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Re: [Aroid-l] Aroids: "Equal Opportunity" obsession?

  • Subject: Re: [Aroid-l] Aroids: "Equal Opportunity" obsession?
  • From: a san juan kalim1998@yahoo.com
  • Date: Thu, 21 Jul 2005 17:30:54 -0700 (PDT)

Ok...the reason i ask is that in Palms at least, there
are many more men than women in the meetings and
societies (and forums). Someone suggested it was
because Palms signify to guys "freedom", and "tropical
beaches with scantily-clad women", etc, etc...i'm sure
these plants signify "tropical beaches" to women too
though ;-)

My feeling is that guys tend to be less interested in
"flowers" and more interested in (as some people put
it here) the "architecture" of plants - how they look
overall, with a tendency away from frilly and bushy
plants towards straighter, larger specimens.

Personally, i've always had a tendency to like
large-leaved tropical plants with strong stems, rather
than the flowers on plants (although orchids do
attract once in awhile)....

--- ted.held@us.henkel.com wrote:

> I have been a peripheral member of several hobby
> organizations over the 
> years. Here are my limited observations for growing
> and cultivating type 
> organizations on this topic:
> African violets and gesneriads - women dominate,
> numerically
> Cryptocoryne (aroids) - men dominate overwhelmingly
> Tropical fish - men dominate overwhelmingly
> Bromeliads - roughly 50:50, with a slight edge to
> women.
> It would be interesting to know if these
> observations are general or if 
> memberships fluctuate over different locations. This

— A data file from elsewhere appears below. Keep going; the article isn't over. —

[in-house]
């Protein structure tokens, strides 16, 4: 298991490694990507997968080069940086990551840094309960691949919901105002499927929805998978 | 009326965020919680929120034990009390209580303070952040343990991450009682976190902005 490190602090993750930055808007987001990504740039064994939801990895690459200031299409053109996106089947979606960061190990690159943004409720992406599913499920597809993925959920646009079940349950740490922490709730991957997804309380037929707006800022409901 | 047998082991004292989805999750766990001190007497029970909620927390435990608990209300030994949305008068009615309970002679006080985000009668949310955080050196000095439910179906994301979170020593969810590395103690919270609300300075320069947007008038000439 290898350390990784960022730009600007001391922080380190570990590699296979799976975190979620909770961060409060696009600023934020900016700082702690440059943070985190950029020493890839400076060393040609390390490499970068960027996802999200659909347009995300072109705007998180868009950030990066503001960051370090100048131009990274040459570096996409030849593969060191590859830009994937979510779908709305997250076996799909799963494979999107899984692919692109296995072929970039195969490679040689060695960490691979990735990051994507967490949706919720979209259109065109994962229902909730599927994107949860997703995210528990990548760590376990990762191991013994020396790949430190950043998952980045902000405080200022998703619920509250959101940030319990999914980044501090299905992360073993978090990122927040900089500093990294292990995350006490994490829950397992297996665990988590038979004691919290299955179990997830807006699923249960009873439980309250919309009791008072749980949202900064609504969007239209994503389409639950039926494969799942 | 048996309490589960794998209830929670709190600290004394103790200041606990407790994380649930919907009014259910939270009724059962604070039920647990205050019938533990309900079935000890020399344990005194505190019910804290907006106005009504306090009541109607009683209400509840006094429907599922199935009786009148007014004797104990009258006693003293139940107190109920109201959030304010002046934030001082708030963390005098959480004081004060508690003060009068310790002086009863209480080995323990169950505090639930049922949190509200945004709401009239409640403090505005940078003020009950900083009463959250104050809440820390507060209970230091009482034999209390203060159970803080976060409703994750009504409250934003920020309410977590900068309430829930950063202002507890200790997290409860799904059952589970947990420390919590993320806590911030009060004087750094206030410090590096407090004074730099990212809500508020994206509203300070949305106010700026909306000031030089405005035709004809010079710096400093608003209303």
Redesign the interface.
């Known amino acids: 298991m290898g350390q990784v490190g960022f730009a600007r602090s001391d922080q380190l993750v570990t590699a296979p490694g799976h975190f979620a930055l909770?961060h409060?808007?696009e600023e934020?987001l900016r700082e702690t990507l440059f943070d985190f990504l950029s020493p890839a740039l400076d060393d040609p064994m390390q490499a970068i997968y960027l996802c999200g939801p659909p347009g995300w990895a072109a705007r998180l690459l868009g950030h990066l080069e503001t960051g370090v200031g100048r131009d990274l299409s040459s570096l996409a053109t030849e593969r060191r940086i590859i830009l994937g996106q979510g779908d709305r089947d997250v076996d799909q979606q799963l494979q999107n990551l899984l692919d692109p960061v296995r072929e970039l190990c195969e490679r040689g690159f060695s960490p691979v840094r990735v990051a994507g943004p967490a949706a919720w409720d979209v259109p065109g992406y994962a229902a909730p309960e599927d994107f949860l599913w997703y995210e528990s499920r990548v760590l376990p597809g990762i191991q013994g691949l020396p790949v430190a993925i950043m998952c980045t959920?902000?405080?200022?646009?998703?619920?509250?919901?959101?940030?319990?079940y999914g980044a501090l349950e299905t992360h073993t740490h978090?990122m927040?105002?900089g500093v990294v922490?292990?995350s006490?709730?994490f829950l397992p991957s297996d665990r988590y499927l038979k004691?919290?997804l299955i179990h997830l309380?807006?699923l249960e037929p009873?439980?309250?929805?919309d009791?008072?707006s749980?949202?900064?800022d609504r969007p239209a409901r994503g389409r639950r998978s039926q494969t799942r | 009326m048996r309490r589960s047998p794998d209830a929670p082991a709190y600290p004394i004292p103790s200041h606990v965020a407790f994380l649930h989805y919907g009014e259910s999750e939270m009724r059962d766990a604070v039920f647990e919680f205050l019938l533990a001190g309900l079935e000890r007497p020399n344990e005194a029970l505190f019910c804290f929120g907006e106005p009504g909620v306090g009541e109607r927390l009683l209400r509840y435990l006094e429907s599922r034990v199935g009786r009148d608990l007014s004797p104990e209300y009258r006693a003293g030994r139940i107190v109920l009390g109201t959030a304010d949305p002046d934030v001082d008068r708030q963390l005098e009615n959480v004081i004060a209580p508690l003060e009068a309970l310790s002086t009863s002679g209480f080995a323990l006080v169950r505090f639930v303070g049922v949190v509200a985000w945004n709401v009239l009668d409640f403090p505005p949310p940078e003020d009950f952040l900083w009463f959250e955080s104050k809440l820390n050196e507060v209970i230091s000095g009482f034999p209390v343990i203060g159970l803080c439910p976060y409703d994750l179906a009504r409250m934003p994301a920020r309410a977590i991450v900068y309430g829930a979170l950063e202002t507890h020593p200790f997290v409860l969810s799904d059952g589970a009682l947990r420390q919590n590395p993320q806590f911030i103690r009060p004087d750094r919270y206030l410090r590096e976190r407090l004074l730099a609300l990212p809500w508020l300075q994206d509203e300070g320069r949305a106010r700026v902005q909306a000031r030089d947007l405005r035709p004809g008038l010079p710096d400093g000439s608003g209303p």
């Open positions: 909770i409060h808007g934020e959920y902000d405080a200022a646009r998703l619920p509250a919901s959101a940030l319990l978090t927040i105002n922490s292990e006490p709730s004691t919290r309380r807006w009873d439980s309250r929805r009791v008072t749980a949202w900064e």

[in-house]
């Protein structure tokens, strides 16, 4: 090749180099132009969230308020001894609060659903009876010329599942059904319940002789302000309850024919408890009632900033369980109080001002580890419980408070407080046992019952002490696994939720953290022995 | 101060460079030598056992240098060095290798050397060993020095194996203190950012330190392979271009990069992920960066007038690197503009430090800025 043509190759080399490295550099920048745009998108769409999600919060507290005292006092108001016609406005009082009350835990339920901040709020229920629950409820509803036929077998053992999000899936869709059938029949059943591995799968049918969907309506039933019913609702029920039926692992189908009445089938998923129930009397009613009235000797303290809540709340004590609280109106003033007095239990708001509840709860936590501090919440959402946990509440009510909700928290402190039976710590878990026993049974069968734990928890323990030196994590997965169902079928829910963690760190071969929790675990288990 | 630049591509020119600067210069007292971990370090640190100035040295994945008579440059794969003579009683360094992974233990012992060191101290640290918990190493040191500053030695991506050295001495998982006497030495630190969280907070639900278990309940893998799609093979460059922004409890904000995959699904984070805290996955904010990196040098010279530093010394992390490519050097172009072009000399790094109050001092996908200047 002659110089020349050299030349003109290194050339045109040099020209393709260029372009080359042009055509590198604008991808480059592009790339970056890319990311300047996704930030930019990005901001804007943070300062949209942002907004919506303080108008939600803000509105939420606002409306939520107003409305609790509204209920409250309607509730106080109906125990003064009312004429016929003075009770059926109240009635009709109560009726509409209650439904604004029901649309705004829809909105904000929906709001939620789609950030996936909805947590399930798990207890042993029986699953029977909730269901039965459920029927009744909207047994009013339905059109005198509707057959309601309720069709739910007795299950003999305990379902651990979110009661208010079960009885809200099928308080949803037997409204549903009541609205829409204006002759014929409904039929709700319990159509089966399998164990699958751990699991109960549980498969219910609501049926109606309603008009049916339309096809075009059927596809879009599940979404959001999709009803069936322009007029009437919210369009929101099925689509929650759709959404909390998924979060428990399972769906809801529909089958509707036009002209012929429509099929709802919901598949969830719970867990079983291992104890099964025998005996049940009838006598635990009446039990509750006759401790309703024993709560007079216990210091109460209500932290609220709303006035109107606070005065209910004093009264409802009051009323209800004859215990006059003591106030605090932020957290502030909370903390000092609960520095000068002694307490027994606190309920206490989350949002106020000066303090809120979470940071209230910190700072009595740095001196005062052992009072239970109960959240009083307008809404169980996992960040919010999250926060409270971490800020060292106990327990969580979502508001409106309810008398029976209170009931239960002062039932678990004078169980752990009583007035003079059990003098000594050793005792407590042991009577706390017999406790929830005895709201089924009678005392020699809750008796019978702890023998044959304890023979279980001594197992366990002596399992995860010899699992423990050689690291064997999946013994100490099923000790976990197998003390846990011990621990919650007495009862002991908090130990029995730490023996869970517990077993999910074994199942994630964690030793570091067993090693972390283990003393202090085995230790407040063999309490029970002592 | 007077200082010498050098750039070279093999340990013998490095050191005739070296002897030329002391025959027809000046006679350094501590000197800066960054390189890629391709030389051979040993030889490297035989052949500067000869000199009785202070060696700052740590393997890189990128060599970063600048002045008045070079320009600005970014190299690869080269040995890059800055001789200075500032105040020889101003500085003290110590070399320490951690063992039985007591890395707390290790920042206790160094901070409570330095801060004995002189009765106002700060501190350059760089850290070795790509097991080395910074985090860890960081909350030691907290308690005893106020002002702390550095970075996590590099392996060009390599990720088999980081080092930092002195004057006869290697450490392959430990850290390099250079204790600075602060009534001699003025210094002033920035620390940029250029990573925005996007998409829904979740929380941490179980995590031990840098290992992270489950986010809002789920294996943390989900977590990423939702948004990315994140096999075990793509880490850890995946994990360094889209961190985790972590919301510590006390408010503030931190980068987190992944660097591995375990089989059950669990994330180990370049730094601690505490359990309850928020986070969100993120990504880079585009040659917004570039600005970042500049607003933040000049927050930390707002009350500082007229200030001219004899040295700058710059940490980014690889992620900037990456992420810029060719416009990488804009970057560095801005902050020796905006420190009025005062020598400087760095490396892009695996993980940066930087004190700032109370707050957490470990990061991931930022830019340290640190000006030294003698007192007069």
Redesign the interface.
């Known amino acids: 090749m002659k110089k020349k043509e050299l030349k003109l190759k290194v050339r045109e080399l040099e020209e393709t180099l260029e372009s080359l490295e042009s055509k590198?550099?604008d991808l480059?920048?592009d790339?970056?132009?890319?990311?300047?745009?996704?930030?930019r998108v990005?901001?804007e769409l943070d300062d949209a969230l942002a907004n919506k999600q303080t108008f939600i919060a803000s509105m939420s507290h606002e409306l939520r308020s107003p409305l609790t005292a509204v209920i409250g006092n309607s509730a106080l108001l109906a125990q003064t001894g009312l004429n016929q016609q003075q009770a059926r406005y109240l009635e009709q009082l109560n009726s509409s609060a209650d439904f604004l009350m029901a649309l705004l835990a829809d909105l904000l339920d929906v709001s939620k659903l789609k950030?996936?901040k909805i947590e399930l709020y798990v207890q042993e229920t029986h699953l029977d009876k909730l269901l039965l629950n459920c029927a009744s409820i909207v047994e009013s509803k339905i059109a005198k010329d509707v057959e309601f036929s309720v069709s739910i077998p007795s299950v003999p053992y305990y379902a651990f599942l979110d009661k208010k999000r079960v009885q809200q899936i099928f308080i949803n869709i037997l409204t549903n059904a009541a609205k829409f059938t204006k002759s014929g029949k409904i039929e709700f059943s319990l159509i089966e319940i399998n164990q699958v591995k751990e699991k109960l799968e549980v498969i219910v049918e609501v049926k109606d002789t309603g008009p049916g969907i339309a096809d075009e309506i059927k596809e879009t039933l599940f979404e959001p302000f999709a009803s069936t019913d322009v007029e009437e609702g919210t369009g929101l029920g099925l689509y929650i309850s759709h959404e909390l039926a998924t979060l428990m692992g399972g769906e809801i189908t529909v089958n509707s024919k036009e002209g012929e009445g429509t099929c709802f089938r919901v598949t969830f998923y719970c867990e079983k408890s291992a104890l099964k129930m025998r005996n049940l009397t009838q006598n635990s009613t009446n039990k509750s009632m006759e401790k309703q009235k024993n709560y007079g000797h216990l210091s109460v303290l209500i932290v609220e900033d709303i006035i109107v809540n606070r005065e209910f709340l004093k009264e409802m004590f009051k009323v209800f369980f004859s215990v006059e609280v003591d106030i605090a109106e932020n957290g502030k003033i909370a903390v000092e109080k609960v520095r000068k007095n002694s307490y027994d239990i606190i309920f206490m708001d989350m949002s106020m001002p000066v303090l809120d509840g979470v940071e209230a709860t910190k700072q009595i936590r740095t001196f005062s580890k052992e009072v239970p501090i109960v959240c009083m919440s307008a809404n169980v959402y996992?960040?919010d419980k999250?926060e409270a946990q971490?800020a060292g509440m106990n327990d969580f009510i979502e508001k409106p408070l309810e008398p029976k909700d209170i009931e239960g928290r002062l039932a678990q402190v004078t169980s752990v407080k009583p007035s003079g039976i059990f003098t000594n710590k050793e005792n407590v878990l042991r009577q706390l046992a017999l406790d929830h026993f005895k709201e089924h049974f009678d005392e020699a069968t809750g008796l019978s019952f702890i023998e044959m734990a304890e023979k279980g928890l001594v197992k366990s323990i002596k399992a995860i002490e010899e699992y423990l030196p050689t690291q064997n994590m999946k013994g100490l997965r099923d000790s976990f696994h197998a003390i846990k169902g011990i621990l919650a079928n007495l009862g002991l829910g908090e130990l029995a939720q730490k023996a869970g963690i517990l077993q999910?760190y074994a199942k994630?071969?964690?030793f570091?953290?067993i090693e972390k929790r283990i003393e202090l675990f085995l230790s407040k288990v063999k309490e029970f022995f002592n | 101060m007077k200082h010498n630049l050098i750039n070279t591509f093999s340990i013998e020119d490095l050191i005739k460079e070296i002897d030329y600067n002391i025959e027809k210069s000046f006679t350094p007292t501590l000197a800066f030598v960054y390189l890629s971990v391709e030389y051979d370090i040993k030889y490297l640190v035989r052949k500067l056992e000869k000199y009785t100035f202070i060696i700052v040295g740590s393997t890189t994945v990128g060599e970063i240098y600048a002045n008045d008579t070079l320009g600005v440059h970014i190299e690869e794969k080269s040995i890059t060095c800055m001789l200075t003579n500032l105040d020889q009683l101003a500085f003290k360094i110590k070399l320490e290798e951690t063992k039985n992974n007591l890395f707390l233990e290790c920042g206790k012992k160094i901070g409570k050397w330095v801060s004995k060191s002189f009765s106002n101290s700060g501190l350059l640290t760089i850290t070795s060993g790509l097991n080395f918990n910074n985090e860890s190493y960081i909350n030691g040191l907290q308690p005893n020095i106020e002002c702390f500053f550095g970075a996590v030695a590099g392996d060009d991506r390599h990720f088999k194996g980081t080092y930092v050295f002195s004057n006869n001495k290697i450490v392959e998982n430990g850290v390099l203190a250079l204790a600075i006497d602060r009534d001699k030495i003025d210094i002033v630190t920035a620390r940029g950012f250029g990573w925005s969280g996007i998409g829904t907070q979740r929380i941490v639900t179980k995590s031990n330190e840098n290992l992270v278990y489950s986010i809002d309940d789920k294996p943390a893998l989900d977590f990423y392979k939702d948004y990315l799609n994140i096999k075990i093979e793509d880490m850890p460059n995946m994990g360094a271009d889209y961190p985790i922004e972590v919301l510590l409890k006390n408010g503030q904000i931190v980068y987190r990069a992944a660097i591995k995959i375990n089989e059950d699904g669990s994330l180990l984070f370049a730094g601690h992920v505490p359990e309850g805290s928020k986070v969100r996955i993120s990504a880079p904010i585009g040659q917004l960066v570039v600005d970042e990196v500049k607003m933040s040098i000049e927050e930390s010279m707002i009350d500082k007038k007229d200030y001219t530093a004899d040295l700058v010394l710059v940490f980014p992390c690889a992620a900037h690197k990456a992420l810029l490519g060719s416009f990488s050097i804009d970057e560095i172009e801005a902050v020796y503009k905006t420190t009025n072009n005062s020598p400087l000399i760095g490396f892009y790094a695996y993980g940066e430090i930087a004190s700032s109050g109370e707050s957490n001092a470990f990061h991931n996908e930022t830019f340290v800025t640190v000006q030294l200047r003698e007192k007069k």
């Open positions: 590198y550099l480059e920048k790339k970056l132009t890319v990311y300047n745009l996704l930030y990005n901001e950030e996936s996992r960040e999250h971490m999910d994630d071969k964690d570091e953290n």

> being an aroid list, 
> we must have the records of convention attendance
> and overall membership 
> for the Aroid Society.
> It is also interesting to record here that I am a
> chemist. When I began, 
> there were very few women chemists. The newer crops
> are coming in much 
> more balanced. Maybe the membership populations of
> clubs also change over 
> time.
> Of course, there are passive members (my typical
> category) and active 
> members. And there are joiners and loners. It is not
> easy to know, for 
> example, if many men grow African violets but don't
> want to go to meetings 
> where the members are all female. Or vice versa.
> Years ago my mother told me that the local garden
> club was mostly women, 
> with a few ardent male gardeners. She also said that
> one thing that 
> characterized the men was that they all grew
> Jack-in-a-pulpits. This is 
> Zone 5, USA. I have a garden full of
> Jack-in-a-pulpits. I conform to 
> profile.>
> Aroid-l mailing list
> Aroid-l@gizmoworks.com
> http://www.gizmoworks.com/mailman/listinfo/aroid-l

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